However, in June 2020, a BMA survey found that 50% of GPs had been limited by internet speed or bandwidth, hardware and software, and IT infrastructure; care homes and members of the public (particularly those living in deprived or rural areas) struggle with connectivity, too. But 5G’s low latency and high bandwidth will change this, enabling ultra high definition video consultations and the handling of huge volumes of data: O2 believes that 5G video conference technology could free up an extra one million hours per year for the NHS. The network’s ability to support a much denser network of IoT sensors additionally facilitates more effective consultations than currently possible.
5G’s high bandwidth could lead to a democratisation of healthcare. Reliable video consultations and the ability to transfer large volumes of data (such as X-Rays and MRI images) will create real-time access to geographically dispersed expertise.
When will this be available? View our predicted timeline here.
Faster diagnoses can deliver better patient outcomes. But such tools require huge volumes of data, putting considerable strain on today’s networks and slowing down the process. Yet 5G’s high bandwidth and reliability enables the rapid transfer of large, complex data sets and digital images such as MRI or CAT scans. The network also enables AI and Machine Learning for continuous real-time monitoring and speedier, more accurate analysis of diverse data sets.
Advanced technology — powered by 5G — will enable quicker diagnoses by way of next-level medical imaging and AI. The network makes it possible to capture short videos that can show how a body moves from one position to another, providing levels of insight not possible with static images. Doctors are able to see how different parts of the body and organs are moving, facilitating diagnoses related to abnormal movement patterns that are hard to capture with conventional X-ray technology.
In the wake of the pandemic, the backlog of patients waiting for tests and procedures is substantial: in April 2021, there were 187,000 patients in the UK scheduled for an endoscopy, many of them on waiting lists. What’s more, such procedures are costly to perform and unpleasant for the patient. Though not a new concept, pill-sized cameras connected to 5G offer less invasive techniques alongside a richness of data, transferred in real-time. The high bandwidth and low latency of 5G also makes remote supervision possible, opening up the potential for new, less intrusive tests to be self-administered from home. This new wave of 5G-powered diagnostic techniques also offer greater efficiency.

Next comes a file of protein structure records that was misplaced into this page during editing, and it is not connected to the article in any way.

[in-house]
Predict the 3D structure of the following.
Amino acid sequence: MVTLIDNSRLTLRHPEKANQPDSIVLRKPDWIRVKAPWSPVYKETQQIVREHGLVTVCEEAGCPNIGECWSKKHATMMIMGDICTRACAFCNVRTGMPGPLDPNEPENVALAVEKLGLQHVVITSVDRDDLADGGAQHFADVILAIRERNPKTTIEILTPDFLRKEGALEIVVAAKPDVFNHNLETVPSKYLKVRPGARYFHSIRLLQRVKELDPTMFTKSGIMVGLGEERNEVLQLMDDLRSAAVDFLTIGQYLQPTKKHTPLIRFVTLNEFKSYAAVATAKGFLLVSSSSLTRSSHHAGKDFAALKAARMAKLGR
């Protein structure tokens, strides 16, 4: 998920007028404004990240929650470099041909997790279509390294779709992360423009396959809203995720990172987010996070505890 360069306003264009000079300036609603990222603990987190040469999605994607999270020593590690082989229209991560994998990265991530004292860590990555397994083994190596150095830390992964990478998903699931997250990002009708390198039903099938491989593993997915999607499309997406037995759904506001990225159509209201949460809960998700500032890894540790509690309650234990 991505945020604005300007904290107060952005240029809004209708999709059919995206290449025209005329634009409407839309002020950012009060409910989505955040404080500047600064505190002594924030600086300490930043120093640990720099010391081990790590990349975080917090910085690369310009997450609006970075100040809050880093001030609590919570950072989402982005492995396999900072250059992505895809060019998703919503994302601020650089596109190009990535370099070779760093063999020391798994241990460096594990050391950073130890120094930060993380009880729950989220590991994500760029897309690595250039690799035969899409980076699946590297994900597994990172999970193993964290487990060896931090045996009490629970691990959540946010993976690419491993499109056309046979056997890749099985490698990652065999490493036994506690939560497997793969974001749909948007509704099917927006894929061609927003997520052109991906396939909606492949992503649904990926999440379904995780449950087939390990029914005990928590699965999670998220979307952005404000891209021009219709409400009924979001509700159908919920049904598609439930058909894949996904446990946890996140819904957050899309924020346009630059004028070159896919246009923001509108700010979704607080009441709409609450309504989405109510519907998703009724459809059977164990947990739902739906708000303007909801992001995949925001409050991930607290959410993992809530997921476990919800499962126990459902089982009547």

5G’s high bandwidth allows the transfer of huge volumes of data for diagnosis, along with the automation of data analysis. This is expected to play a critical role in relieving the stress on stretched healthcare workers and should help to overcome the challenge of human visual fatigue that has been associated with reduced diagnostic accuracy.
A large proportion of the population are already tracking their movement, heart rate, sleep patterns and even blood oxygen levels. While these devices (such as, the Apple Watch) may not be sufficiently accurate or reliable for diagnosis, medical grade devices could be proactively deployed to the population in order to reliably measure biomedical signals such as blood pressure, body temperature and blood sugar. A 5G network can support a high density of devices, which allows for real-time monitoring of signals. This will help support the growing need for preventative medicine, and increase the health and quality of life of people throughout the country, as well as easing pressures on the health and social care sector.